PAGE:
I love that food preserving is becoming hip at the moment–a bit–but when I was a child it was viewed as a necessity by my family, along with making jam. Now, this kind of equipment is readily available second hand and cheaply. For my parents it was a huge outlay and we had the smallest, most basic kit available. I scored the next model up (bigger but still basic) for a few dollars at a garage sale, something that could have saved my mother hours of what she clearly experienced as drudgery.
Well, this time she can have some glowing ruby jars of stewed plums without any drudgery at all, bless her. And while I was on the project I decided to clear the freezer out a bit and do a round of dye jars using India Flint’s Stuff, Steep and Store Method.
Hibiscus flowers, daylily flowers, hollyhocks, and clean, scoured avocado peel (fresh from lunch). Into the jars with pre-mordanted silk embroidery thread they went.
In the whole scheme of summer preservation, I also collected mizuna seed, woad seed and some ruby saltbush seed and set up to save them. There was such an abundance of woad seed, and purple dye is so amazing, I put up a jar of that too. I am looking forward to trying the agrimony seed that Wendi of the Treasure has sent when the time is right. And to opening these jars in the future!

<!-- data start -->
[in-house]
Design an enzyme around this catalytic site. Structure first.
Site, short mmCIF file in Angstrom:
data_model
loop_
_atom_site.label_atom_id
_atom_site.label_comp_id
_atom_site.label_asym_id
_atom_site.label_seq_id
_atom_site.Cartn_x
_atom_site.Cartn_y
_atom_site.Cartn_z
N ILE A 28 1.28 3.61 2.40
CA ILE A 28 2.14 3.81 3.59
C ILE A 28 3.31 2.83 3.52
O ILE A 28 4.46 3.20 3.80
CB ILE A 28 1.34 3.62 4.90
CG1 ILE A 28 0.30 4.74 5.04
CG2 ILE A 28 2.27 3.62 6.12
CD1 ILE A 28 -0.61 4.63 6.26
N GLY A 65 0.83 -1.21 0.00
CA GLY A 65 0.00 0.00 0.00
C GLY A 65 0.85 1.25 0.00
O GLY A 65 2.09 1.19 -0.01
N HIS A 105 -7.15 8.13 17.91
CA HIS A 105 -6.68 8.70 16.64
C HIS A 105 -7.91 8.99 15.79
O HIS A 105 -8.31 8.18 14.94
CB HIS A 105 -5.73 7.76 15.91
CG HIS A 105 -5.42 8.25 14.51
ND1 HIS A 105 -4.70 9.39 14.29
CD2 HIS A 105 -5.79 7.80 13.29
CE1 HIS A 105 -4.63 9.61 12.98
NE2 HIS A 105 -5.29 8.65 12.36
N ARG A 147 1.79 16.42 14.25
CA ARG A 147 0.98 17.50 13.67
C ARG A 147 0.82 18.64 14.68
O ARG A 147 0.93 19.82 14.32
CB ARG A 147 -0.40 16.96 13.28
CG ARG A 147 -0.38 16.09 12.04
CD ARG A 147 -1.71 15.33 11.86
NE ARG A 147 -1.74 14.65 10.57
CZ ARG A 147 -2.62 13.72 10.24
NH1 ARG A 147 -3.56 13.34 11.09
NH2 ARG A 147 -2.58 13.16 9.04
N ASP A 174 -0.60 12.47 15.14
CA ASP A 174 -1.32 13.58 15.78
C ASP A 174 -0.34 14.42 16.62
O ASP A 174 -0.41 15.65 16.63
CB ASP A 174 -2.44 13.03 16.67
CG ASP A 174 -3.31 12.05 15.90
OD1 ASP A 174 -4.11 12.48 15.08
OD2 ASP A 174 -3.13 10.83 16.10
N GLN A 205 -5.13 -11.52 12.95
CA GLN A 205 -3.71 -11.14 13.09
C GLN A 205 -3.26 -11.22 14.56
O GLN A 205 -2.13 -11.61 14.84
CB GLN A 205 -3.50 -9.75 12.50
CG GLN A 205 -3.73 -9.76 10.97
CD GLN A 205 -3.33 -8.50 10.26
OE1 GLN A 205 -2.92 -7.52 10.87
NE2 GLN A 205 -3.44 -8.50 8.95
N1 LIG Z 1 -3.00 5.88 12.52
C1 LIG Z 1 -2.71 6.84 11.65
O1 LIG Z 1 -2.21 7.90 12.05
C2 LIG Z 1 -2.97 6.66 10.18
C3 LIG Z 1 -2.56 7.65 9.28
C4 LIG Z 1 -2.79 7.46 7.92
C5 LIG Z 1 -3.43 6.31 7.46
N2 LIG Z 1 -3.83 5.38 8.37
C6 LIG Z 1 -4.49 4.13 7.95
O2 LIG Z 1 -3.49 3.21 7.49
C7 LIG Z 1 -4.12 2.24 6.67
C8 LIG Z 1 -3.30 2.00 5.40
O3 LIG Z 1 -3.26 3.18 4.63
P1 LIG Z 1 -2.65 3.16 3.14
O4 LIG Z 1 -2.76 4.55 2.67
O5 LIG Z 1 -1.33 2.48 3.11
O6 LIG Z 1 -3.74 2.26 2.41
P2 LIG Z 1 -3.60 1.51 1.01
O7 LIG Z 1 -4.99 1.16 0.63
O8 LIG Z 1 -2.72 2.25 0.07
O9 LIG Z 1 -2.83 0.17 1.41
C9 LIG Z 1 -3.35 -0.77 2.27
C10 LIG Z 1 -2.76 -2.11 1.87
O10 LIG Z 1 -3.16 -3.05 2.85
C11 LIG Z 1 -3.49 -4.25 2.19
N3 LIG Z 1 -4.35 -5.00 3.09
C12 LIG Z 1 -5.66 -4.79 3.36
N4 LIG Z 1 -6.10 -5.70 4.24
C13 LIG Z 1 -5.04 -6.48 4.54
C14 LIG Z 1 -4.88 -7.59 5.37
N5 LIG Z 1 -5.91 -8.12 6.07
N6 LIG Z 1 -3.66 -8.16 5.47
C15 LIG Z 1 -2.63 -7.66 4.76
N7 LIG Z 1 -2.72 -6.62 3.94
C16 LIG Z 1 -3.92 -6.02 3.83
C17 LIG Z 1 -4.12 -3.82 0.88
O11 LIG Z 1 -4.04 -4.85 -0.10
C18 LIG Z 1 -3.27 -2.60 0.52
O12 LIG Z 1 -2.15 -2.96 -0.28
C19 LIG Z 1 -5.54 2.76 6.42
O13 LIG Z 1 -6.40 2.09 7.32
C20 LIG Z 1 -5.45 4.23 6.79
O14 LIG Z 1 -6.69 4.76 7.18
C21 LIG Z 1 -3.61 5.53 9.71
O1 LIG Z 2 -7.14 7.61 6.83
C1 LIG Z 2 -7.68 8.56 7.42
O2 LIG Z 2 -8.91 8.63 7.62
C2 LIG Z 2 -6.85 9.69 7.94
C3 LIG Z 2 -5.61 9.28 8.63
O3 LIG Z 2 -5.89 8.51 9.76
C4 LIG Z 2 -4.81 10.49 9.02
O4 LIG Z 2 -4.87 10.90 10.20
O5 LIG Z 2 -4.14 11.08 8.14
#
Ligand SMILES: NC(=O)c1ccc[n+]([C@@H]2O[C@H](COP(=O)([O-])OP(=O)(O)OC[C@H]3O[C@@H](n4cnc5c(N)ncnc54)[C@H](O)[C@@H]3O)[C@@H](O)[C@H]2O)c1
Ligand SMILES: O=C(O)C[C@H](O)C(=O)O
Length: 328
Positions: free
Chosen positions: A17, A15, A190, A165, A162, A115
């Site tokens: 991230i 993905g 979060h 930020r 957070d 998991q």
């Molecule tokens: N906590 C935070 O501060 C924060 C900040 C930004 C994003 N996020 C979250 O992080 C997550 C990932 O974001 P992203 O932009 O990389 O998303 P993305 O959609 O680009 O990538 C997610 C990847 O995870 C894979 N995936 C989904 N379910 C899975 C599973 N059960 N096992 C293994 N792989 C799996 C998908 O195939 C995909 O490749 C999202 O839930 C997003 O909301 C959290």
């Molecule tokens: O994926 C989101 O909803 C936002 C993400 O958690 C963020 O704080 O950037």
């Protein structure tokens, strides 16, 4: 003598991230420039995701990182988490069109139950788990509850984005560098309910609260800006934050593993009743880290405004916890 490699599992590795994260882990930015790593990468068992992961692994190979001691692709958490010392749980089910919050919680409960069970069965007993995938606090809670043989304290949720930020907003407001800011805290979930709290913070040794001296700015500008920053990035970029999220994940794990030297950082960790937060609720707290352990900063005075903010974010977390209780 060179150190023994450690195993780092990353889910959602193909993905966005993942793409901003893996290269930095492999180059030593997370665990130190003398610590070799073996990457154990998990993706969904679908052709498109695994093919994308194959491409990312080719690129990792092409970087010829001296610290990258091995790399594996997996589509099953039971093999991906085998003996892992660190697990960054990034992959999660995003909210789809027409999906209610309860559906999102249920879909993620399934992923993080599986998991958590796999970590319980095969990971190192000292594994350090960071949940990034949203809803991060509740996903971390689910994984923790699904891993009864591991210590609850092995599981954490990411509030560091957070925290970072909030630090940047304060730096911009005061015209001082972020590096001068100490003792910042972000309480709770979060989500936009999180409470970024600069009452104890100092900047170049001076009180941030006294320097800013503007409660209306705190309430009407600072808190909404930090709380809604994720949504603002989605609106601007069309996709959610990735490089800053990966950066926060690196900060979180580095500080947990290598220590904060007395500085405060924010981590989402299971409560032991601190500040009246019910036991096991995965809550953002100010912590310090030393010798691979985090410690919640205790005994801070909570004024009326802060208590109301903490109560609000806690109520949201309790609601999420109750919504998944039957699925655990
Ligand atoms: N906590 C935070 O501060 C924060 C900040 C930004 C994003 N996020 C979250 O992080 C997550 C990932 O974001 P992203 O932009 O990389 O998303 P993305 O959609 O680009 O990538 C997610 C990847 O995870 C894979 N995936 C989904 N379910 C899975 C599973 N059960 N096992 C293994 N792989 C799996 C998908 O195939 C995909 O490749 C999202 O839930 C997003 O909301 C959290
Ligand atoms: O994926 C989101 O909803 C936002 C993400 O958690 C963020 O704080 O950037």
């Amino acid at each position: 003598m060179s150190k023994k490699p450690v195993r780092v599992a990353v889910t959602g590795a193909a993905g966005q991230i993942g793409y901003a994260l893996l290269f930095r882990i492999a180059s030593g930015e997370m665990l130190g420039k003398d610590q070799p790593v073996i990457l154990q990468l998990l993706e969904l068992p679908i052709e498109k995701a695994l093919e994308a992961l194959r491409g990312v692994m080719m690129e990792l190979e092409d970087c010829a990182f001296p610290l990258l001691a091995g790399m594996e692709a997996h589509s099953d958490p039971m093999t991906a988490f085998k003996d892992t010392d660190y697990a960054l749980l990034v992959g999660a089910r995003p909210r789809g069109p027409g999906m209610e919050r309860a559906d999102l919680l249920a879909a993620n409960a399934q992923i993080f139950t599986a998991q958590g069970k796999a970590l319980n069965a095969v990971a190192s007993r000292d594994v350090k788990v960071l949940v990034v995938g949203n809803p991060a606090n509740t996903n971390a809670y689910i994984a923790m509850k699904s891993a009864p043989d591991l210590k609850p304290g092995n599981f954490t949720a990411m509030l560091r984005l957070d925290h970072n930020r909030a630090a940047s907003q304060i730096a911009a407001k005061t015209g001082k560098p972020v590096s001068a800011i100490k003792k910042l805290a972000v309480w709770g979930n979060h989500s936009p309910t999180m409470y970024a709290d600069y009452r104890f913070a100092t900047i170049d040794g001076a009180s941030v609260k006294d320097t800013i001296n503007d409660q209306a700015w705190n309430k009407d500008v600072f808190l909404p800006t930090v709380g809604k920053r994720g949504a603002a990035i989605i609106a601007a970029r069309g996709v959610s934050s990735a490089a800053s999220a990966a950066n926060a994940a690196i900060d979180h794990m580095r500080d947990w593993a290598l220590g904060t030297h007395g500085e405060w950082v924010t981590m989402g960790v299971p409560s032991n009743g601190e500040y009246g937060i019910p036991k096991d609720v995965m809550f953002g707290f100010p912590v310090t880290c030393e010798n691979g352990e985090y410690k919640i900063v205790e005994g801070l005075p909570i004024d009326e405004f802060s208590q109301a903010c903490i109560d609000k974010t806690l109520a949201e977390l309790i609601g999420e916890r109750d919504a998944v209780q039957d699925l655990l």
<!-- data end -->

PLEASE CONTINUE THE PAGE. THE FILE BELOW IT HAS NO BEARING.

April 19, 2015 · 6:32 pm
The colour affection shawl I knit a while back finally found the perfect home as a birthday present for a dear friend–here she is in her gloriousness, modelling it. With the Gleaners in the background for added wonderfulness. I am delighted that she likes the shawl. I can’t think of a better place for it to be than with her while she is working in her very demanding job (and perhaps even playing). Long may it warm and comfort her. Happy birthday!!
In more prosaic news, it’s the season for making string from our daylily leaves. When I strip off the leaves that have died, I make string from them. I’ve been doing this for a few years now. I’m not terribly good at it but I love it.